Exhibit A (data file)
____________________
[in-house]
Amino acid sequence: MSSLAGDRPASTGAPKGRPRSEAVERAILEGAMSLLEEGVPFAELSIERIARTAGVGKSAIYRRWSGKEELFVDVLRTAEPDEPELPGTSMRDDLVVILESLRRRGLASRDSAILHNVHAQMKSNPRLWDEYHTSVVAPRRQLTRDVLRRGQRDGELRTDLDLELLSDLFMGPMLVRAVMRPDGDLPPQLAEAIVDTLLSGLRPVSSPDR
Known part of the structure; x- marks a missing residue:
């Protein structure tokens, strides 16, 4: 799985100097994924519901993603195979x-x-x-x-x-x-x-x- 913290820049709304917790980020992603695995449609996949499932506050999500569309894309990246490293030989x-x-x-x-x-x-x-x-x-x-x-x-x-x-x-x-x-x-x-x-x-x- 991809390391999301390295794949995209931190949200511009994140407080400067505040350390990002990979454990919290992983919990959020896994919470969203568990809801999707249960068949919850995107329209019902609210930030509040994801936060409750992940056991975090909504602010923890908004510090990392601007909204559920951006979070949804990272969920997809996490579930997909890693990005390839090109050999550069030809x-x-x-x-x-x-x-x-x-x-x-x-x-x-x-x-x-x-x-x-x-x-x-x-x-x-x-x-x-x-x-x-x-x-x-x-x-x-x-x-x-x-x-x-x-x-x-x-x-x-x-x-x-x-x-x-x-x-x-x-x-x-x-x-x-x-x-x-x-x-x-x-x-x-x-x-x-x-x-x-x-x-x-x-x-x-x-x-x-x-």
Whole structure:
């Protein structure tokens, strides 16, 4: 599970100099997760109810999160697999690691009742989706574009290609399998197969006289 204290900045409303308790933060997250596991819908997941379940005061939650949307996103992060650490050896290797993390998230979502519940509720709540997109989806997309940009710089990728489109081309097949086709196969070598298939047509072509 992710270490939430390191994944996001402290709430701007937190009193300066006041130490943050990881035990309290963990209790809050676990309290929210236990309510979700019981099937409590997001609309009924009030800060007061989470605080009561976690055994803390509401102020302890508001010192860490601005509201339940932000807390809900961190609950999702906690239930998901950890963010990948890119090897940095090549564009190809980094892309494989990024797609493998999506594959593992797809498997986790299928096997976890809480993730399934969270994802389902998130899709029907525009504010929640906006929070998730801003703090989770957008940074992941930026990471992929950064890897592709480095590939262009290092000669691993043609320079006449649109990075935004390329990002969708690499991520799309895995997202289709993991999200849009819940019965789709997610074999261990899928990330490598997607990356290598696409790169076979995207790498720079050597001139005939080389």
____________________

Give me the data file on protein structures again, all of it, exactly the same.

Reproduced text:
[in-house]
Amino acid sequence: MSSLAGDRPASTGAPKGRPRSEAVERAILEGAMSLLEEGVPFAELSIERIARTAGVGKSAIYRRWSGKEELFVDVLRTAEPDEPELPGTSMRDDLVVILESLRRRGLASRDSAILHNVHAQMKSNPRLWDEYHTSVVAPRRQLTRDVLRRGQRDGELRTDLDLELLSDLFMGPMLVRAVMRPDGDLPPQLAEAIVDTLLSGLRPVSSPDR
Known part of the structure; x- marks a missing residue:
């Protein structure tokens, strides 16, 4: 799985100097994924519901993603195979x-x-x-x-x-x-x-x- 913290820049709304917790980020992603695995449609996949499932506050999500569309894309990246490293030989x-x-x-x-x-x-x-x-x-x-x-x-x-x-x-x-x-x-x-x-x-x- 991809390391999301390295794949995209931190949200511009994140407080400067505040350390990002990979454990919290992983919990959020896994919470969203568990809801999707249960068949919850995107329209019902609210930030509040994801936060409750992940056991975090909504602010923890908004510090990392601007909204559920951006979070949804990272969920997809996490579930997909890693990005390839090109050999550069030809x-x-x-x-x-x-x-x-x-x-x-x-x-x-x-x-x-x-x-x-x-x-x-x-x-x-x-x-x-x-x-x-x-x-x-x-x-x-x-x-x-x-x-x-x-x-x-x-x-x-x-x-x-x-x-x-x-x-x-x-x-x-x-x-x-x-x-x-x-x-x-x-x-x-x-x-x-x-x-x-x-x-x-x-x-x-x-x-x-x-």
Whole structure:
């Protein structure tokens, strides 16, 4: 599970100099997760109810999160697999690691009742989706574009290609399998197969006289 204290900045409303308790933060997250596991819908997941379940005061939650949307996103992060650490050896290797993390998230979502519940509720709540997109989806997309940009710089990728489109081309097949086709196969070598298939047509072509 992710270490939430390191994944996001402290709430701007937190009193300066006041130490943050990881035990309290963990209790809050676990309290929210236990309510979700019981099937409590997001609309009924009030800060007061989470605080009561976690055994803390509401102020302890508001010192860490601005509201339940932000807390809900961190609950999702906690239930998901950890963010990948890119090897940095090549564009190809980094892309494989990024797609493998999506594959593992797809498997986790299928096997976890809480993730399934969270994802389902998130899709029907525009504010929640906006929070998730801003703090989770957008940074992941930026990471992929950064890897592709480095590939262009290092000669691993043609320079006449649109990075935004390329990002969708690499991520799309895995997202289709993991999200849009819940019965789709997610074999261990899928990330490598997607990356290598696409790169076979995207790498720079050597001139005939080389």